Seagate senior product manager Barbara Craig confirmed the firm will announce a 3TB hard disk drive later this year. The creation of this disk was a bit more complicated than just upping the areal density, the original LBA (logical block addressing) standard does not support capacities in excess of 2.1TB so the company had to extend that to Long LBA addressing.
Windows XP will not be supported, to use this HDD you will need a modern 64-bit OS like Windows Vista/7 or Linux, and if you want to use it as your primary HDD you'll also need a motherboard with UEFI support because the BIOS has the same limitation. More problems arise when you want to put 3TB HDDs into a RAID array, because these devices feature the same 2.1TB cap. Making the switch wasn't be easy, but Seagate says many of their partners have attacked the problem, and states about 80 percent of the infrastructure's ready to support it.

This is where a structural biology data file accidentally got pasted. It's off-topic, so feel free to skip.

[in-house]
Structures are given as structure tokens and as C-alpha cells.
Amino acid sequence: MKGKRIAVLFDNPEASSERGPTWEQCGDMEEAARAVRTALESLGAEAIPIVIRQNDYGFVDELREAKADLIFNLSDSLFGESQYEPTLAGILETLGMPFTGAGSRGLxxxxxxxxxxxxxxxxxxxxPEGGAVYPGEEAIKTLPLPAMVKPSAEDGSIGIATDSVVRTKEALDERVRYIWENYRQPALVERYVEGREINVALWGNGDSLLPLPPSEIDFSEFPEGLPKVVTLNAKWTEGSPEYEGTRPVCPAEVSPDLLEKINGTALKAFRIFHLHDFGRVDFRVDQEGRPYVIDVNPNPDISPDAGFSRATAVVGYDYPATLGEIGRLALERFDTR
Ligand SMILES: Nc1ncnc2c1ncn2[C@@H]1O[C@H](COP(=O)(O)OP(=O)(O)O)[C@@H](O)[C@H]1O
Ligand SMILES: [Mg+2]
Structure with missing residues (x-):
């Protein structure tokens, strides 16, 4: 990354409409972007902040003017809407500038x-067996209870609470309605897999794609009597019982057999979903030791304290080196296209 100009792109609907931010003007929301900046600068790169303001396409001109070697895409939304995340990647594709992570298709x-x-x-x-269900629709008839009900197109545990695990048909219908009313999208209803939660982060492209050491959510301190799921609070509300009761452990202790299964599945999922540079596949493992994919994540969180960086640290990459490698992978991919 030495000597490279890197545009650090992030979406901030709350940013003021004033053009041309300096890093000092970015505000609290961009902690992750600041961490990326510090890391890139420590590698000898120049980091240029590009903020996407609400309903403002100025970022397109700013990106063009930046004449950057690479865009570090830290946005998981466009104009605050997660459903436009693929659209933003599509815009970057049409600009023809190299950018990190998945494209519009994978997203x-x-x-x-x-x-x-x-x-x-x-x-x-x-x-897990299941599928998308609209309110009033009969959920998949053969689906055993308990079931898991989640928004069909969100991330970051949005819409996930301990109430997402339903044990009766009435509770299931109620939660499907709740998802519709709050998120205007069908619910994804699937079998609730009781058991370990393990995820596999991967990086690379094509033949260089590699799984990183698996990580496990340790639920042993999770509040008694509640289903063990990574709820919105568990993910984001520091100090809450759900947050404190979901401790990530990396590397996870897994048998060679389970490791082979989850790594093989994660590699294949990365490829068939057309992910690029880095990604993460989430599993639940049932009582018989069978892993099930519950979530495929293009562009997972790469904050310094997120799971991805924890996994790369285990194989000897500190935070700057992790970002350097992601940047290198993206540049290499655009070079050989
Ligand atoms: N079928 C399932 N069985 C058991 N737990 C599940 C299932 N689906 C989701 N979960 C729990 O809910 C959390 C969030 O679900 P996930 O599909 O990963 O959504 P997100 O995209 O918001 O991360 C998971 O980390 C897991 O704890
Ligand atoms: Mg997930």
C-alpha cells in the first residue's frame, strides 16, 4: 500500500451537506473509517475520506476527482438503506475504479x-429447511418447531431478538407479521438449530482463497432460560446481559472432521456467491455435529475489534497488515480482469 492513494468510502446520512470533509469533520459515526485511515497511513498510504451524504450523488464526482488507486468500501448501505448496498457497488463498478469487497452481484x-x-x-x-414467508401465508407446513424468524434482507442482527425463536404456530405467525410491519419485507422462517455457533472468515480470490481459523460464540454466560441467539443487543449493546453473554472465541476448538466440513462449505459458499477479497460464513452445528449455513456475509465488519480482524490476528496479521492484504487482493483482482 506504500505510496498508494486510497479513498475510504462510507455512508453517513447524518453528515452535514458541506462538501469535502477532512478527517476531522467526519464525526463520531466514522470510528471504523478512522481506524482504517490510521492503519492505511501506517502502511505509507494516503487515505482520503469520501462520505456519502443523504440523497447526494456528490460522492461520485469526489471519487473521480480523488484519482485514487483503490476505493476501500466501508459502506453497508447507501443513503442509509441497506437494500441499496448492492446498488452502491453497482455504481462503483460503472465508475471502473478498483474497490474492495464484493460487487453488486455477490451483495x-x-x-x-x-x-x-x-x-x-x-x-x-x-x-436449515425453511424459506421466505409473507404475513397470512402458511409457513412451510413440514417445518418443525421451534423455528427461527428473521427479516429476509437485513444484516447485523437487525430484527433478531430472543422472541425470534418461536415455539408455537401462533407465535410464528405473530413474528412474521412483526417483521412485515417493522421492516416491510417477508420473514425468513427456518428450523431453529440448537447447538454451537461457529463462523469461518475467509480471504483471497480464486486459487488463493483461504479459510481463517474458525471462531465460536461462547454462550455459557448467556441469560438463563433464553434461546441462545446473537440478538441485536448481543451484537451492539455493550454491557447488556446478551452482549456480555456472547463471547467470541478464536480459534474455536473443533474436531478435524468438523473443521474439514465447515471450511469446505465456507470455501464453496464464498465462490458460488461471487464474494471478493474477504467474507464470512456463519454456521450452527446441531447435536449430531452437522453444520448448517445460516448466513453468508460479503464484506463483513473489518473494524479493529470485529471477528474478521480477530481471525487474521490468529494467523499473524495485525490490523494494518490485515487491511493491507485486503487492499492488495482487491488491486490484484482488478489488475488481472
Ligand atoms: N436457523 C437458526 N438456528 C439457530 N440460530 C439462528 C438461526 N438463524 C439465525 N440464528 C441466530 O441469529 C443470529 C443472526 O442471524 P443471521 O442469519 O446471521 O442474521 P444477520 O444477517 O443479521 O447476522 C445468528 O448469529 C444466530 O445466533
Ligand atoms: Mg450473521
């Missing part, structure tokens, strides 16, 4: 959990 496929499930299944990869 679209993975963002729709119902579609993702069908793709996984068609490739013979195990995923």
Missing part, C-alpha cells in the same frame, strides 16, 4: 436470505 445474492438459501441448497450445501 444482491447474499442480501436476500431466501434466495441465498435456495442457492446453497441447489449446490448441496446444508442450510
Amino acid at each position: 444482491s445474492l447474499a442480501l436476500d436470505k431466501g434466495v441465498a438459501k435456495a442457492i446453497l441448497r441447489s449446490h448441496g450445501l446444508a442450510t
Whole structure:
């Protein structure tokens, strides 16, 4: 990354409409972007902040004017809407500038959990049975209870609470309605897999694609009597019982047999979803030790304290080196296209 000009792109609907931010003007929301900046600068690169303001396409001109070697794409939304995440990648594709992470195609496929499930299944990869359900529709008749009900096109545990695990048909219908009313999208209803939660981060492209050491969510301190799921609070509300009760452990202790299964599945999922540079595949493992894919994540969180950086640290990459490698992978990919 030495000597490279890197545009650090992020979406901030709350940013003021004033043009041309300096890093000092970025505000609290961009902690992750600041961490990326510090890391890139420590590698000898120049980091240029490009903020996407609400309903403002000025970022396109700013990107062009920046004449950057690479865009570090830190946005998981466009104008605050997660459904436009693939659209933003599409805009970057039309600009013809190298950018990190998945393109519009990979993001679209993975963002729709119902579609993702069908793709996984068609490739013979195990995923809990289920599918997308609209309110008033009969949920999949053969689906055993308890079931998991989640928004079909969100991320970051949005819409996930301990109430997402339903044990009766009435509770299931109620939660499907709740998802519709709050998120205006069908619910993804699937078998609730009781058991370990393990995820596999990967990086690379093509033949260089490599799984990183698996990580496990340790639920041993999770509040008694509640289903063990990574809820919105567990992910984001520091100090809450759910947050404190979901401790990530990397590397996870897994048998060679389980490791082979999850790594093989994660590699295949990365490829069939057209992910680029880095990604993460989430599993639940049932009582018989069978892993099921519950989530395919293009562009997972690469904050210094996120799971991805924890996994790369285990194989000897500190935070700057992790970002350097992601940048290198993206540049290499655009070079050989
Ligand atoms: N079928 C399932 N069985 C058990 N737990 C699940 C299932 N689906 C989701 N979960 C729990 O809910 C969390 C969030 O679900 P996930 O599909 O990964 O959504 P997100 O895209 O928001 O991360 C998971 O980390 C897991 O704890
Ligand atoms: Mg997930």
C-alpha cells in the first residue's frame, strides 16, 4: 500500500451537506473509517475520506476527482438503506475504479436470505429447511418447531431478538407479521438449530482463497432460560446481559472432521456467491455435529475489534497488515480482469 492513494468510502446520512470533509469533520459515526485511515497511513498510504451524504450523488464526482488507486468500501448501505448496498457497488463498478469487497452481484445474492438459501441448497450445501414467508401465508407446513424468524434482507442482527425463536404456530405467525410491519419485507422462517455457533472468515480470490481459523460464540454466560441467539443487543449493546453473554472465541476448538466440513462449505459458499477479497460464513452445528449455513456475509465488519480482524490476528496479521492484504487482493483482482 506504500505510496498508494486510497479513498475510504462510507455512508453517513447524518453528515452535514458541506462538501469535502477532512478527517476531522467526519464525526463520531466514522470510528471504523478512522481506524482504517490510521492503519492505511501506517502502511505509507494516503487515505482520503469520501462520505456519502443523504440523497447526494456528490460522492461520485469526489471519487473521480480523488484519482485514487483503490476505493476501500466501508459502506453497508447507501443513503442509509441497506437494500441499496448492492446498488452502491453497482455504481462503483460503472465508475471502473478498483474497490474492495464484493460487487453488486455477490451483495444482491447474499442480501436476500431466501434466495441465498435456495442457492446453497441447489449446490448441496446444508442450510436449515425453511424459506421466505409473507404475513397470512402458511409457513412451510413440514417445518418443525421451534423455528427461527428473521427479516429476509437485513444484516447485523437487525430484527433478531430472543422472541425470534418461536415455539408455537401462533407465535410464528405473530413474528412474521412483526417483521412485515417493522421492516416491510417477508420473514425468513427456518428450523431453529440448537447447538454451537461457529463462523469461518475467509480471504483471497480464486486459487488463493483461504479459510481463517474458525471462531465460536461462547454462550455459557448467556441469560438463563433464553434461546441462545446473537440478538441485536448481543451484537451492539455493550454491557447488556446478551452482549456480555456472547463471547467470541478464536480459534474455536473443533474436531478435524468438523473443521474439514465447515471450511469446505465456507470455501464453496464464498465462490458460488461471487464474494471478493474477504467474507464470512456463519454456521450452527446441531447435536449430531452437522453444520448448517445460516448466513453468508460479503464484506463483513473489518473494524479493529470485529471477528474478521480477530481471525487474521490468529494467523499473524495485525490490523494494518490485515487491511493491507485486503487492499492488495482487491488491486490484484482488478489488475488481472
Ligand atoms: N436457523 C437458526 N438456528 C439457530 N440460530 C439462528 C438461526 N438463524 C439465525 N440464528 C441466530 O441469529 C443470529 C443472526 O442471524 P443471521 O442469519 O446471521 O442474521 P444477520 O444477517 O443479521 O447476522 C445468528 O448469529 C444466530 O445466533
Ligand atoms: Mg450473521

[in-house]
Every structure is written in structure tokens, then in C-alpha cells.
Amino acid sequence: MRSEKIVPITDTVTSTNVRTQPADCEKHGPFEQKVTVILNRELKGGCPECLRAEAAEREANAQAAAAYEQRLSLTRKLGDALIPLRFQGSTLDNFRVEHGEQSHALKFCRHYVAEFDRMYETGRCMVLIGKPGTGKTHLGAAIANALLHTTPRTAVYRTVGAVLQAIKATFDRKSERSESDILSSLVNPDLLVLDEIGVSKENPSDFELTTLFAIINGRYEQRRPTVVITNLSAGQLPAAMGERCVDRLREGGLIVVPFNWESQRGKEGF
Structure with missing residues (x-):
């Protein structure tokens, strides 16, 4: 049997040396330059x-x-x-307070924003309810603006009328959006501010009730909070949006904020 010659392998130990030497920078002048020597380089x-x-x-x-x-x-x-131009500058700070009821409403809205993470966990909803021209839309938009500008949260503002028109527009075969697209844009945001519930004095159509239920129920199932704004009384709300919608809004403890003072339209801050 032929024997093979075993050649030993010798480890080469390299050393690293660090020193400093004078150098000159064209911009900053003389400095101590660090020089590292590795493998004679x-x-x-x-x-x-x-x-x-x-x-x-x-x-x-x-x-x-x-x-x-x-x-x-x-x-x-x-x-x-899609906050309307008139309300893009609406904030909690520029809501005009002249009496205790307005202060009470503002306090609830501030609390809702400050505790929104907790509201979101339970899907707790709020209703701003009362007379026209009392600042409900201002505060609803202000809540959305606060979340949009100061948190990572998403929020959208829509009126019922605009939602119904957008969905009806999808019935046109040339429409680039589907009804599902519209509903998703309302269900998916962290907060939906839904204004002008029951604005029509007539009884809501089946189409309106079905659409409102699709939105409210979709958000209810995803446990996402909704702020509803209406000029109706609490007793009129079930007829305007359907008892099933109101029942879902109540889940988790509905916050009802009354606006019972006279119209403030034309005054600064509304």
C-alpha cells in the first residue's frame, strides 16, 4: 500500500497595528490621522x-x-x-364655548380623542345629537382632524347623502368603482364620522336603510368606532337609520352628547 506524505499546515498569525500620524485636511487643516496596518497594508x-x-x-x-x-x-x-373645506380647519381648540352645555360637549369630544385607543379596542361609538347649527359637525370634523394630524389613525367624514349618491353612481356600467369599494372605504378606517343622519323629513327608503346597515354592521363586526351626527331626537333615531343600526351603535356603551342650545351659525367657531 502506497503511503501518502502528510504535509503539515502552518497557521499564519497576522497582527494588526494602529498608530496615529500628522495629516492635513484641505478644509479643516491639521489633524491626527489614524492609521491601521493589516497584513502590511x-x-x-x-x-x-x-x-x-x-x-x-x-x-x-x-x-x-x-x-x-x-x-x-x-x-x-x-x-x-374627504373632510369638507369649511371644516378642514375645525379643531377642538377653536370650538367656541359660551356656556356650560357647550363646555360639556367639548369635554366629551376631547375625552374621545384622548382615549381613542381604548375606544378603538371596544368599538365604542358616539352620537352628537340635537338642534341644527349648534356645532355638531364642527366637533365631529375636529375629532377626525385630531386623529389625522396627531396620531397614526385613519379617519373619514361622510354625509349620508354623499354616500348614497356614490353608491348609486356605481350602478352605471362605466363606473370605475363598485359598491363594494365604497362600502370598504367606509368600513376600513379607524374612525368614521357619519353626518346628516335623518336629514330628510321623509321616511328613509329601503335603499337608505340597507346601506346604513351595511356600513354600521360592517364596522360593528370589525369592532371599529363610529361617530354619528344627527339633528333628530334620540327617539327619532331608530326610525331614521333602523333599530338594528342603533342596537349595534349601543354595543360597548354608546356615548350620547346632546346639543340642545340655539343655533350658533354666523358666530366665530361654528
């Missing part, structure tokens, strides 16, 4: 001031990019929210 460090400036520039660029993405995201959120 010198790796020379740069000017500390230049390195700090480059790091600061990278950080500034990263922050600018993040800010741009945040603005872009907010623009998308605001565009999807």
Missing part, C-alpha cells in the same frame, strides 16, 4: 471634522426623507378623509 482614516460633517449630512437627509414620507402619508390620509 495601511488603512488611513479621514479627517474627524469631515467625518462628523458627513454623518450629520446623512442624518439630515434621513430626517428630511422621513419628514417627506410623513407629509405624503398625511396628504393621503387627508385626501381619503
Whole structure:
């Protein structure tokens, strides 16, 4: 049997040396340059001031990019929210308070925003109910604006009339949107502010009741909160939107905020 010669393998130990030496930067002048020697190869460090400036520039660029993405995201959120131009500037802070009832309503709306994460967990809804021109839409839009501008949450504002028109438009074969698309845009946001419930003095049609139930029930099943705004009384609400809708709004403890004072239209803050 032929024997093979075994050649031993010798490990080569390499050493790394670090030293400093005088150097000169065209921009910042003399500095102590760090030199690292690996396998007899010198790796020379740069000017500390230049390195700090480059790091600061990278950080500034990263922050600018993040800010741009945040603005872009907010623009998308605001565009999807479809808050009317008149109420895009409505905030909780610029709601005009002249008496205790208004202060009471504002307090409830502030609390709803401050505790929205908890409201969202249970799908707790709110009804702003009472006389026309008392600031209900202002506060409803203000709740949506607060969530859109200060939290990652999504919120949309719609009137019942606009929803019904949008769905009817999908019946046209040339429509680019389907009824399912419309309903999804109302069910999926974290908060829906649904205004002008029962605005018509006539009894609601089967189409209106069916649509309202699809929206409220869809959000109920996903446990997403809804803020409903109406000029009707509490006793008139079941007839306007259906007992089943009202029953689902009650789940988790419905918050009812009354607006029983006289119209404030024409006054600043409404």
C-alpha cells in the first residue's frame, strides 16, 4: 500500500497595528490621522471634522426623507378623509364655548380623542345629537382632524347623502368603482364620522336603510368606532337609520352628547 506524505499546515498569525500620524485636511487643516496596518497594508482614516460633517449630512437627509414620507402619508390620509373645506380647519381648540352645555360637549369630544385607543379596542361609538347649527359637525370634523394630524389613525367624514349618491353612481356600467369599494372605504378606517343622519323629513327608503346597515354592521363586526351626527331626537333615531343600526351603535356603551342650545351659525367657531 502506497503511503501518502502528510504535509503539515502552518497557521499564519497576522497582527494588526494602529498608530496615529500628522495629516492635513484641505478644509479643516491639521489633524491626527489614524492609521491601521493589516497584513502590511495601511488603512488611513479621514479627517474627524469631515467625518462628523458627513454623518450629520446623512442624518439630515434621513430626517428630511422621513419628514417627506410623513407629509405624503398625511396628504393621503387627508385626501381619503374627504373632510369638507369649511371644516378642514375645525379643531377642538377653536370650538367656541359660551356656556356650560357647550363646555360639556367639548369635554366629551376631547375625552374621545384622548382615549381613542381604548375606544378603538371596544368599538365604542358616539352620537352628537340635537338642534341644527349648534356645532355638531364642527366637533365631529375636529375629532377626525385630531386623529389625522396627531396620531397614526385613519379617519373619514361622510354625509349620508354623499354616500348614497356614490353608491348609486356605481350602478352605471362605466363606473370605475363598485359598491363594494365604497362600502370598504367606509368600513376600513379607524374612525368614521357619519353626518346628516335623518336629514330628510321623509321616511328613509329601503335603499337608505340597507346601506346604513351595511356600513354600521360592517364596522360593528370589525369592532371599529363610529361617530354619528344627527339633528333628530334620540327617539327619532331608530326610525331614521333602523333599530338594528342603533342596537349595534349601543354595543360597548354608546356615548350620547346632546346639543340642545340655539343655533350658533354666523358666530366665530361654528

However, this presents a big problem, as many standard motherboards don’t feature a UEFI system. Some manufacturers, such as MSI, have introduced UEFI to a select few boards, but UEFI is still not the de facto standard. What’s more, any RAID drivers, if appropriate, will also need to support Long LBA if you want to put your 3TB drives in an array.
Basically, with the original LBA limit set at 2.1TB, it seemed pointless for anyone else to prepare for any capacity beyond this, so we now have a situation where many hard drive controllers, BIOSes, drivers and operating systems are all set with caps of 2.1TB, and this is going to take an industry-wide overhaul to overturn.
More info about the technical hurdles of 3TB HDDs can be read at THINQ.